RIDHI TARIYAL: Her response was I can’t prescribe that test to you until you’ve proven to me that you actually are infertile meaning you have to go and try to have a child for a year and be unable to do so and then we’ll say you’re infertile and then insurance will start paying for your testing.
CRISTINA QUINN: Her doctor wouldn’t do the test. She could get the test at a fertility clinic but that was expensive too, and just on principle, it seemed weird to not be able to access information that was already in her body. It was frustrating, but also, it was perfect. Ridhi has a degree in “biomedical enterprise” — basically an MBA degree that allows students to focus on biomedical problems. And she was looking for a business problem to solve.
This was it — helping other women be more proactive about getting their data could be the foundation of a business. She just needed to figure out a way to make AMH readings easilyaccessible to women.
To do all of that – first, she would need blood.
RIDHI TARIYAL: There are moments where I had band aids on every finger because when we were trying to prove out whether or not you could you know use finger stick blood instead of venous blood. We needed a certain quantity of blood and I couldn’t get it with one finger stick, so I would poke myself 10 to 12 times.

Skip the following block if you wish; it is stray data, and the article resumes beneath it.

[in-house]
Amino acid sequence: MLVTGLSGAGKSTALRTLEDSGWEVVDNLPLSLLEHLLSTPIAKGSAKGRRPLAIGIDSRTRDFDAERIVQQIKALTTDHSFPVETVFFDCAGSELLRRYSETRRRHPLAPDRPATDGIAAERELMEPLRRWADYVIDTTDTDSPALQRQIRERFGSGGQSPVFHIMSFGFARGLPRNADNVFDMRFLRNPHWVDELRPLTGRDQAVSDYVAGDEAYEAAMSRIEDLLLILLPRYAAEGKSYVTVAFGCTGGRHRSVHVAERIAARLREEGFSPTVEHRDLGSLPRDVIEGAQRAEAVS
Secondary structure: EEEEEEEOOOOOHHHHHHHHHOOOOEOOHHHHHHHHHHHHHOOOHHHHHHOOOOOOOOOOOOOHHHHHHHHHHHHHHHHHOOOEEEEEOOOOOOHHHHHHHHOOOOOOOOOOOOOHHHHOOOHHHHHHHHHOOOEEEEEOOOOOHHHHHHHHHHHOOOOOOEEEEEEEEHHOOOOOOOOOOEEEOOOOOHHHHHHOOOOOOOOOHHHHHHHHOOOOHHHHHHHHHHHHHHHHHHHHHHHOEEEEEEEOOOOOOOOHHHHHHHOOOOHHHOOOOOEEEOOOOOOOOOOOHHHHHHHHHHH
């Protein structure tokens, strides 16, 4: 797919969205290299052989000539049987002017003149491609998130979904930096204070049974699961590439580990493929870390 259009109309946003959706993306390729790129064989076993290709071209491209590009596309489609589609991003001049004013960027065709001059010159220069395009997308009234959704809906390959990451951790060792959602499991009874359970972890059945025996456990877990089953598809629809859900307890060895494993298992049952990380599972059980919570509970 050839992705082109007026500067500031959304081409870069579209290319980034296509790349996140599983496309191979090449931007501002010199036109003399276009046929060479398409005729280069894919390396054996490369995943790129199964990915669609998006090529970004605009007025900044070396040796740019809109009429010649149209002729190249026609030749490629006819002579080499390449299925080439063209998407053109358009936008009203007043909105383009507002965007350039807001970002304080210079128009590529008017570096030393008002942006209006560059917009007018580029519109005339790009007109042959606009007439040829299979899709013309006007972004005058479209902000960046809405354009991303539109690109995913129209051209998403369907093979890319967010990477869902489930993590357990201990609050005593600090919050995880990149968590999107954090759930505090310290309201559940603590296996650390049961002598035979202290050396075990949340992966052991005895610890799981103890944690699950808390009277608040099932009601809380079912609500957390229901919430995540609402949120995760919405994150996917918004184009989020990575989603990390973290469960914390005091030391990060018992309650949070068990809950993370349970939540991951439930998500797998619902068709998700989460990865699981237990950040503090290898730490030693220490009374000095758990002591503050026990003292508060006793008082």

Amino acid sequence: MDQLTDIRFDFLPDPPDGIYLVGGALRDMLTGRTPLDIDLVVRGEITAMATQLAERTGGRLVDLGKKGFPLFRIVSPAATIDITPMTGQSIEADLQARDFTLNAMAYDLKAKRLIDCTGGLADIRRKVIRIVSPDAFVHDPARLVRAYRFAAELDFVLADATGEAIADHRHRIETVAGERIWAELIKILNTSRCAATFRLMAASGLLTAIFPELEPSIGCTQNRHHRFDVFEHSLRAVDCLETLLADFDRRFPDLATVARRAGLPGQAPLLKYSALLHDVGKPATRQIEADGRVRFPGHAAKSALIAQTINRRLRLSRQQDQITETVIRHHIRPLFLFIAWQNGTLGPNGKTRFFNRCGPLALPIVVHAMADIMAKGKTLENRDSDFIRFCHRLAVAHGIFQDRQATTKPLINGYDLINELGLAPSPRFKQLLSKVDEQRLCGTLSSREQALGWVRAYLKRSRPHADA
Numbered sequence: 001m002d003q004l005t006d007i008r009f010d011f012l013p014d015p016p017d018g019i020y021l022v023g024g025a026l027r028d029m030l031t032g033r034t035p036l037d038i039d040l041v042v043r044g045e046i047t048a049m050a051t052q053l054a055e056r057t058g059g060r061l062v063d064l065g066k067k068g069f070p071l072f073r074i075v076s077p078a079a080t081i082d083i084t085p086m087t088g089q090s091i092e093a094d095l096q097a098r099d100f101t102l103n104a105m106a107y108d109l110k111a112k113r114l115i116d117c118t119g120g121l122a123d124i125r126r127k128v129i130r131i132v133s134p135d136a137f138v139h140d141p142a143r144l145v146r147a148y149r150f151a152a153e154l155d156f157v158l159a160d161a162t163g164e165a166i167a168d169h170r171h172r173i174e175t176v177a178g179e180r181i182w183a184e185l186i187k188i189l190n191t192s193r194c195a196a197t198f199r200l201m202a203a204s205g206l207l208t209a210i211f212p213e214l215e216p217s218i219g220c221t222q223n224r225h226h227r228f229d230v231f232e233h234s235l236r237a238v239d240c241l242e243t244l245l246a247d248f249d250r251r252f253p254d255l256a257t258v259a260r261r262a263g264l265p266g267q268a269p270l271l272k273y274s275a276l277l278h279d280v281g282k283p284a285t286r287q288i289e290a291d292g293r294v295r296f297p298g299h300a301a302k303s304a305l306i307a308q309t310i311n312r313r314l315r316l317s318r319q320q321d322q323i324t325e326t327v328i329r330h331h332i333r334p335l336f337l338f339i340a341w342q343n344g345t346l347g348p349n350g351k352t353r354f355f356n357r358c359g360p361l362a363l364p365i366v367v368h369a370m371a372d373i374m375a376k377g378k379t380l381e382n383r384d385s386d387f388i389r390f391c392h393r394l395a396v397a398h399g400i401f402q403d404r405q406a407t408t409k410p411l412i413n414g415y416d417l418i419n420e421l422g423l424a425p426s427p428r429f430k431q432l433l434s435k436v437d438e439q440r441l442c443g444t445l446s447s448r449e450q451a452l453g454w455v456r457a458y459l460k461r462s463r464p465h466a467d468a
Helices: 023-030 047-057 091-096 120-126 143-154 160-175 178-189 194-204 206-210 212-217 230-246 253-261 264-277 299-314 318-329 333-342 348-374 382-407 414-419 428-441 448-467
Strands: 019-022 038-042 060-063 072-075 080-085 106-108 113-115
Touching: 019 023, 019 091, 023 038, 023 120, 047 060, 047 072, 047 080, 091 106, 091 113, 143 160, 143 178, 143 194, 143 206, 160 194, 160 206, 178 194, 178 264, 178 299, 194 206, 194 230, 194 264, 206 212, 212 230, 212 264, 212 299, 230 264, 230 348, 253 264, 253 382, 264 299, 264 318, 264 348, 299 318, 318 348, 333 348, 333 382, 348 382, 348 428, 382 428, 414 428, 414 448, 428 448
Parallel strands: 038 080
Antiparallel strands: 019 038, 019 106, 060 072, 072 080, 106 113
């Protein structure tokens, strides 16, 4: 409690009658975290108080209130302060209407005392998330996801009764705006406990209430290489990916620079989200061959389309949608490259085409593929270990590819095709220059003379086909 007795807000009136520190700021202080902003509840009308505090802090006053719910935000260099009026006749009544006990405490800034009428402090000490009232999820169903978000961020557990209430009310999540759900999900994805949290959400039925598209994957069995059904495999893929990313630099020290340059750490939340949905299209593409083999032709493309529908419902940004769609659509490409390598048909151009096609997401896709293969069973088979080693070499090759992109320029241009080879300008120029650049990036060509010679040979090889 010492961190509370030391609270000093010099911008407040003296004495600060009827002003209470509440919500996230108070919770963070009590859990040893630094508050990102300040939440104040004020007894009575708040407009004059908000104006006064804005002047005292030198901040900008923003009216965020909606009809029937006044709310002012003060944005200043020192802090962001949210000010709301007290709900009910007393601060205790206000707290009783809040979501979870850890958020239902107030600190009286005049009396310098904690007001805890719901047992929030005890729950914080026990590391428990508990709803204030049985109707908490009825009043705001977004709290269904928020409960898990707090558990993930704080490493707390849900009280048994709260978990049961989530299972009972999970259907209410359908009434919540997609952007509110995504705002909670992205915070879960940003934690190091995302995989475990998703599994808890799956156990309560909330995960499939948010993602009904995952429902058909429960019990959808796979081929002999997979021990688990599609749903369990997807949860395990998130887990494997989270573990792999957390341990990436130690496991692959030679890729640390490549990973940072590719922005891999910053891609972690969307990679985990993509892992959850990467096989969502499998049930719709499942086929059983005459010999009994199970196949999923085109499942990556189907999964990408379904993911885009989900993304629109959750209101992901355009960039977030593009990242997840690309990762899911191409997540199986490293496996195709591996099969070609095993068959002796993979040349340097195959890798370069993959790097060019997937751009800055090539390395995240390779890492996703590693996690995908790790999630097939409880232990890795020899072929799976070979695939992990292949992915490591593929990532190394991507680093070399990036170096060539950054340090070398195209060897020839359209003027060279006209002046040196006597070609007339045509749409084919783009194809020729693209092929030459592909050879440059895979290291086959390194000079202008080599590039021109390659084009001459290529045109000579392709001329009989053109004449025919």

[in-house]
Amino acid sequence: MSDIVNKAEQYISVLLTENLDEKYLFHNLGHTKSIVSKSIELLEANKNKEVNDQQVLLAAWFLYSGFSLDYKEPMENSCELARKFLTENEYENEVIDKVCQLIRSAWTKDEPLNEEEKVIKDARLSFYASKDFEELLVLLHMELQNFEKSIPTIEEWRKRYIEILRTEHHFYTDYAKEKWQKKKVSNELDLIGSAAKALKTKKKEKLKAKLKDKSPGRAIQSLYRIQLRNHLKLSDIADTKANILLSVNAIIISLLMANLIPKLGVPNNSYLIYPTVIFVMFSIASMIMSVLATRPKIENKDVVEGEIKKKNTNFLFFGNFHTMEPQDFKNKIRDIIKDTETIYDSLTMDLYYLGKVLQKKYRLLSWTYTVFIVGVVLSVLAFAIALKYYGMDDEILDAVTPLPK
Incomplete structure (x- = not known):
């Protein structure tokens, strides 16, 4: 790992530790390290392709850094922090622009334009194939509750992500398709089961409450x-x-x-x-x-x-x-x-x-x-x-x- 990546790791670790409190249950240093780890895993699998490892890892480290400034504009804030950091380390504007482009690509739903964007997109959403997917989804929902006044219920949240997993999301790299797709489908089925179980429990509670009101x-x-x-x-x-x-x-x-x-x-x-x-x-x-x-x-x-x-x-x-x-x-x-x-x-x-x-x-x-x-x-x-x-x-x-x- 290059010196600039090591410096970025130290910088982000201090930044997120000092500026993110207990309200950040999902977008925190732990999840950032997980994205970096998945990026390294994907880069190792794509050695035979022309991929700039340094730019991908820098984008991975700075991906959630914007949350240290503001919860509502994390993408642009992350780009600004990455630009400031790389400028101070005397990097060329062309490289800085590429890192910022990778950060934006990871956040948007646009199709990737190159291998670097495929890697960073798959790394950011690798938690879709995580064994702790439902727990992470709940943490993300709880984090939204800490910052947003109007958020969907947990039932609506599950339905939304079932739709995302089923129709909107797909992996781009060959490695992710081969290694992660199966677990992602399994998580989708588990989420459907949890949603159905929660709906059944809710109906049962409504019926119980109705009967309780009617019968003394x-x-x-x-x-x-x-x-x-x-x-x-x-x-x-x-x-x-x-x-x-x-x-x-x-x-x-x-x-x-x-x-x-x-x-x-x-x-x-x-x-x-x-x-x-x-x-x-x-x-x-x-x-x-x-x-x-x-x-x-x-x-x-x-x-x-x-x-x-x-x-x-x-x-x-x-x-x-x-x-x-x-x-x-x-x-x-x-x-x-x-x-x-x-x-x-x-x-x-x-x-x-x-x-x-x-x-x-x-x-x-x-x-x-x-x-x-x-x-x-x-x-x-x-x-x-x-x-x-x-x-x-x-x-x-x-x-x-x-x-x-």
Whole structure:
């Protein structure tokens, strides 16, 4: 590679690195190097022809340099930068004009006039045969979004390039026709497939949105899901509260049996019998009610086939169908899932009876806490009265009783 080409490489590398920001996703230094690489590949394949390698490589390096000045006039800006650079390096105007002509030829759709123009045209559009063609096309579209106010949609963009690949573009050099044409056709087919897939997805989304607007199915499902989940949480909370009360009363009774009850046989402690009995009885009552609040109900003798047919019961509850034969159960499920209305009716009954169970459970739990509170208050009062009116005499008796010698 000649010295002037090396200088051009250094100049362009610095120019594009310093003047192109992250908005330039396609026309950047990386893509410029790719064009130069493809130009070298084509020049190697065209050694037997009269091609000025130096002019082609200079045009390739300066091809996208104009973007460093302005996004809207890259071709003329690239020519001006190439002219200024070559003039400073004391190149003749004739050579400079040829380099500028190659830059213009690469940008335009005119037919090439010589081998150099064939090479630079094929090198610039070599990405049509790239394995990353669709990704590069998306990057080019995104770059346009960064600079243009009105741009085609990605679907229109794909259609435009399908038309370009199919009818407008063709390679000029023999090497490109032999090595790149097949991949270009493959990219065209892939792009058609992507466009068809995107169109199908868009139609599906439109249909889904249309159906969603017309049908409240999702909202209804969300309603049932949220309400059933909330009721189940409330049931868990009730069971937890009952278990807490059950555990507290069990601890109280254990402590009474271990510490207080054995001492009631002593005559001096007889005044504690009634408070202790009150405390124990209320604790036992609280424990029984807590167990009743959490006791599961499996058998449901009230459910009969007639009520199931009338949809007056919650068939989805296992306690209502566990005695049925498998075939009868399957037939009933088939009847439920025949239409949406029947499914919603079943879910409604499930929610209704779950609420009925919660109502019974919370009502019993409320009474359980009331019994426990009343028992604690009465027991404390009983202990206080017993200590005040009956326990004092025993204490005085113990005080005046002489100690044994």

CRISTINA QUINN: Venous blood is the blood from inside your veins, and getting it at home isn’t feasible for most people. So Ridhi mulled it over and realized there already was a way to get a large volume of blood. Every month. It occurred to Ridhi that what she needed was a “smart tampon.” Or rather, just a normal tampon and a “smart process” to test menstrual blood, for AMH. She would take something routine — like a period — and then turn it into a way to gather information.
Ridhi had solved the research problem. She’d solved the blood problem. But there was one more problem — the icky problem.
RIDHI TARIYAL: I called a really prominent lab who shall remain unnamed, and we told them what we were doing and we told them we’re using a tampon to do it. And they basically said you should stop now because no lab in America would ever touch a dirty tampon.
CRISTINA QUINN: Again, it was so frustrating. The data was right there! But she couldn’t get to it.
RIDHI TARIYAL: We probably spent a night reveling in anger and then you know got up and said cool. It’s great if nobody else wants to do it. From a business perspective. We’d love that monopoly.